Under the terms of the five-year agreement, Bell will supply wireless, long distance, network infrastructure, high speed Internet and satellite services. Bell is also one of the primary sponsors of the Stampede’s rodeo.
Bell beat out approximately five other bidders in the request-for-proposal process. Before Bell, the Stampede had purchased products and services from a number of providers, including Rogers AT&T Wireless and Telus Corp. Calgary Stampede spokesman Dan Sullivan said Bell won the RFP because of the totality of what it can offer in the telecommunications area. “One of things that isn’t part of the RFP process but what ends up as a real benefit is when you have the brand name ‘Bell,’ you don’t get bigger than that,” he said.
The agreement also includes the joint promotion of what the company is calling “The Bell Experience,” an entertainment attraction that will feature a variety of Bell products. Paul Healy, president of Bell Mobility’s Western region, said the Bell Experience will be situated at a prime location on the Stampede grounds. A showcase will be set up to demonstrate the way Bell’s various product lines converge and interconnect. It may be something along the lines of the wireless cafe the company set up for the Air Canada Championship last year that combined CTV/Globe and Mail content with its wireless devices. “It will allow people to not only enjoy the event — because it’s a fun entertainment venue — but also experience new ways to access to information while you’re on a remote site.”
Bell will probably do some pre-Stampede contests to promote the Bell Experience, Healy added.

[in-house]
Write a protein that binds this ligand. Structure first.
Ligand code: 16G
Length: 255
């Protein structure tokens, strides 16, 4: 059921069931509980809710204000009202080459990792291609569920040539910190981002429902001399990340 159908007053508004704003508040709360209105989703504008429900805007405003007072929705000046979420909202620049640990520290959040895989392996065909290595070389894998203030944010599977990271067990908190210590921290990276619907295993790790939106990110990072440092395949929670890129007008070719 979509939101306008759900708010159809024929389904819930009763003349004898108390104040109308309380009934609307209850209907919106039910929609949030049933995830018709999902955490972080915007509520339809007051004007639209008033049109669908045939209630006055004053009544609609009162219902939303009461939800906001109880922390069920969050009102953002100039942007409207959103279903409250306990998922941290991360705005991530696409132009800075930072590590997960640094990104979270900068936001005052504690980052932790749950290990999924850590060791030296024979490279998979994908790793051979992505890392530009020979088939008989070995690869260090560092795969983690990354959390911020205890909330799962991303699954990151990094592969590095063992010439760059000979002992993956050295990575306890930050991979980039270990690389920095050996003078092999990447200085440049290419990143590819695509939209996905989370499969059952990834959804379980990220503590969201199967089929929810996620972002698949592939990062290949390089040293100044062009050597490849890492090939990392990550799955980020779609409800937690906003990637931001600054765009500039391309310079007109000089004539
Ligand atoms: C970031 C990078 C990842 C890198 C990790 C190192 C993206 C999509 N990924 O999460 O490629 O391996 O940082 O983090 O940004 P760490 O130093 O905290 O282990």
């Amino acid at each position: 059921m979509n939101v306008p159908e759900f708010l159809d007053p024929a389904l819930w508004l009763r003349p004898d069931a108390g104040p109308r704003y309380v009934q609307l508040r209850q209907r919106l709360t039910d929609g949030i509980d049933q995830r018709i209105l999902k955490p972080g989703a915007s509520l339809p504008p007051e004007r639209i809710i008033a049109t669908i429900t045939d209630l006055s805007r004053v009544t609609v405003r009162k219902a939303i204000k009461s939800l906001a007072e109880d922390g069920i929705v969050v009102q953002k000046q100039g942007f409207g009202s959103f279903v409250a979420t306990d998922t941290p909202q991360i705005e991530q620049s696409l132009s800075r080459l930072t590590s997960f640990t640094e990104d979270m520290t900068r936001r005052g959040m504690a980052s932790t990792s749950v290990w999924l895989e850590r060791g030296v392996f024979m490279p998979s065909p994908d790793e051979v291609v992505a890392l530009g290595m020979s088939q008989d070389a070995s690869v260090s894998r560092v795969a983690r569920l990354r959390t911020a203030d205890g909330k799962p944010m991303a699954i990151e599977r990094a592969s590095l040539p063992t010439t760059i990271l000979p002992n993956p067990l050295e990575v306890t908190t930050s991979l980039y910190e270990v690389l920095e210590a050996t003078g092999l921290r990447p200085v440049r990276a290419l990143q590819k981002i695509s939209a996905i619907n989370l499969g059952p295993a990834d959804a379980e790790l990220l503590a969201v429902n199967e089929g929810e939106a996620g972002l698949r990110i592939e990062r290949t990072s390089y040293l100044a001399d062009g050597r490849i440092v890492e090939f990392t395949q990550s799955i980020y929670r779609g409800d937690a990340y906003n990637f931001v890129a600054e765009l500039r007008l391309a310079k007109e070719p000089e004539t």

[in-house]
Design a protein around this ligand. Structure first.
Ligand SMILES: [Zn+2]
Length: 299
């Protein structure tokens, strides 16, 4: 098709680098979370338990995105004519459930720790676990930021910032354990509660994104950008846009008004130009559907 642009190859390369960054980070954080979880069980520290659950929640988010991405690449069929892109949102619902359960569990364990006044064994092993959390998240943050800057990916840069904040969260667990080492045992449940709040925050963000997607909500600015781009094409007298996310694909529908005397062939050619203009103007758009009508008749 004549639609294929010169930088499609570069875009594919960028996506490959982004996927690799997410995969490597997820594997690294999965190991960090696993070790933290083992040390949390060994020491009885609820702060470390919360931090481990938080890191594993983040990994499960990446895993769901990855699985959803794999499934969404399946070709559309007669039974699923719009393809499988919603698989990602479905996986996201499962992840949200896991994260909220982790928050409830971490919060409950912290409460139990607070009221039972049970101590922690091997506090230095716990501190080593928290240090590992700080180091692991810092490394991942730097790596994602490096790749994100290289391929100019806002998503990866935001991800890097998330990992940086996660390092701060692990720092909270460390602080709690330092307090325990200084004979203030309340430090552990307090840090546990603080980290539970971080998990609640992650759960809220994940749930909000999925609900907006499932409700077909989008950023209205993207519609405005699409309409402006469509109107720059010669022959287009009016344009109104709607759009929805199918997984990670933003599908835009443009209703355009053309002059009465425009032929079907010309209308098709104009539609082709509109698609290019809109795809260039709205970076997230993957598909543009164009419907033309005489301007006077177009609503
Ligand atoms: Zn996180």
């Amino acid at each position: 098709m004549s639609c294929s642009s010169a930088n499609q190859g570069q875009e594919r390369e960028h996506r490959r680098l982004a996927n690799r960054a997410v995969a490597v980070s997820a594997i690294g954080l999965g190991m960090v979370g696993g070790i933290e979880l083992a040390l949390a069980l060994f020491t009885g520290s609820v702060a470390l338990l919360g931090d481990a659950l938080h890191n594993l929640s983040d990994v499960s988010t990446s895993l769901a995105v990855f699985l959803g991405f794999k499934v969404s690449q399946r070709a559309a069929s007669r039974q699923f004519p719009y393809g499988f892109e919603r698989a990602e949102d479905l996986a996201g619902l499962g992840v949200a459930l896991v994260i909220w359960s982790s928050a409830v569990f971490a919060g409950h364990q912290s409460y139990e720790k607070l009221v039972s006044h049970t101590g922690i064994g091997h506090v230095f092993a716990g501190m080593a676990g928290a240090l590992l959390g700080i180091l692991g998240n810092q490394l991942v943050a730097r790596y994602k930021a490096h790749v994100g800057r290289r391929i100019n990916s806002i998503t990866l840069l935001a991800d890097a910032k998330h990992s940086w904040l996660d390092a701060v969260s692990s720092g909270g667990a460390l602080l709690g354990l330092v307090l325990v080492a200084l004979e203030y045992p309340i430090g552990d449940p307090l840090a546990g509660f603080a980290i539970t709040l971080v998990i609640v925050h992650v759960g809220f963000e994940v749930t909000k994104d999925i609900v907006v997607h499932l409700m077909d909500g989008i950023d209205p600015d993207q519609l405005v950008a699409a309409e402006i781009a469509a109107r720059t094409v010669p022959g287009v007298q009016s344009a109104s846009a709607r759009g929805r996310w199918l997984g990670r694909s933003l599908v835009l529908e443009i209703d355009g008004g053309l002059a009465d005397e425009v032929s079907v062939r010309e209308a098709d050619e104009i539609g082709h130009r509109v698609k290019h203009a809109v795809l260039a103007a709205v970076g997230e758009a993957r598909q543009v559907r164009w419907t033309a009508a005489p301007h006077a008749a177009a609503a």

The agreement is a coup for Bell, which started setting up its Calgary operations in 1999 with Bell Nexxia, followed by Bell Intrigna, Bell Mobility, Bell ExpressVu, the Bell World distribution arm and the BellZinc.ca portal. Bell Mobility employs approximately 300 people in British Columbia and Alberta.
Sullivan said the Stampede would be looking to Bell as it explores enhanced e-commerce solutions for its online business. “We do a lot of our business on the Web. We’re not completely there in terms of being e-commerce compatible. We still need human transactions in between,” he said. “As people become more comfortable with issues like credit cards, we’re going to see more of it.”
The Calgary Stampede employs 250 full-time staff on a year-round basis and about 1,500 part time people. That number swells by another 3,000 during the Stampede itself. Sullivan said those workers use everything from short wave radios and cell phones to video uplinks during the 10-day extravaganza, which usually attracts over 1.2 million visitors each July.
This year’s Stampede will run July 5-14.